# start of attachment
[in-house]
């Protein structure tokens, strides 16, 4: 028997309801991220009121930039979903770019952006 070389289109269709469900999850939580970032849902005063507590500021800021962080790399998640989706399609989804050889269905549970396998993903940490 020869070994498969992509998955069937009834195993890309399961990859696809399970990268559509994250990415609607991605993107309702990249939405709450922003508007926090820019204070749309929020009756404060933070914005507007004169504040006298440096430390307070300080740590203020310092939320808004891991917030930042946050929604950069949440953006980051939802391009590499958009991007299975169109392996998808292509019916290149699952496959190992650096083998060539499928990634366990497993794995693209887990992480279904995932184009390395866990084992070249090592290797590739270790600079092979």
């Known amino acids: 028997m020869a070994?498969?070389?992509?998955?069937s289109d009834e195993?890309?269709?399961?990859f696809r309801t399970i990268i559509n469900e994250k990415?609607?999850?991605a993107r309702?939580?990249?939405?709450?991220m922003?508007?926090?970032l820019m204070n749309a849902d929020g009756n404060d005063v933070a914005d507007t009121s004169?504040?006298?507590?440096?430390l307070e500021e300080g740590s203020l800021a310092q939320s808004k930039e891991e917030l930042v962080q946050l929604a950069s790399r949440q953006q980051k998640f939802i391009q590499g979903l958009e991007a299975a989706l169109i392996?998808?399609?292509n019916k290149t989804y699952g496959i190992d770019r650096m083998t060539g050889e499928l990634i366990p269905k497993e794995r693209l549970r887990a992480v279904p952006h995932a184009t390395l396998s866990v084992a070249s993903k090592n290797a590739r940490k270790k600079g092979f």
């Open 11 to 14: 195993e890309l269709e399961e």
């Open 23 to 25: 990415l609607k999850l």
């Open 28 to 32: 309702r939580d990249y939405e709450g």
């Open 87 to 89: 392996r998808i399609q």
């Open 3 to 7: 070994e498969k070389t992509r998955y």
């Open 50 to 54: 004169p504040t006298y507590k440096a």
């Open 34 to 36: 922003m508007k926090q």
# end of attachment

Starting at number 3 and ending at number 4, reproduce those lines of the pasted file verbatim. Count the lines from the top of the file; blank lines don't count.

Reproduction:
């Known amino acids: 028997m020869a070994?498969?070389?992509?998955?069937s289109d009834e195993?890309?269709?399961?990859f696809r309801t399970i990268i559509n469900e994250k990415?609607?999850?991605a993107r309702?939580?990249?939405?709450?991220m922003?508007?926090?970032l820019m204070n749309a849902d929020g009756n404060d005063v933070a914005d507007t009121s004169?504040?006298?507590?440096?430390l307070e500021e300080g740590s203020l800021a310092q939320s808004k930039e891991e917030l930042v962080q946050l929604a950069s790399r949440q953006q980051k998640f939802i391009q590499g979903l958009e991007a299975a989706l169109i392996?998808?399609?292509n019916k290149t989804y699952g496959i190992d770019r650096m083998t060539g050889e499928l990634i366990p269905k497993e794995r693209l549970r887990a992480v279904p952006h995932a184009t390395l396998s866990v084992a070249s993903k090592n290797a590739r940490k270790k600079g092979f």
């Open 11 to 14: 195993e890309l269709e399961e």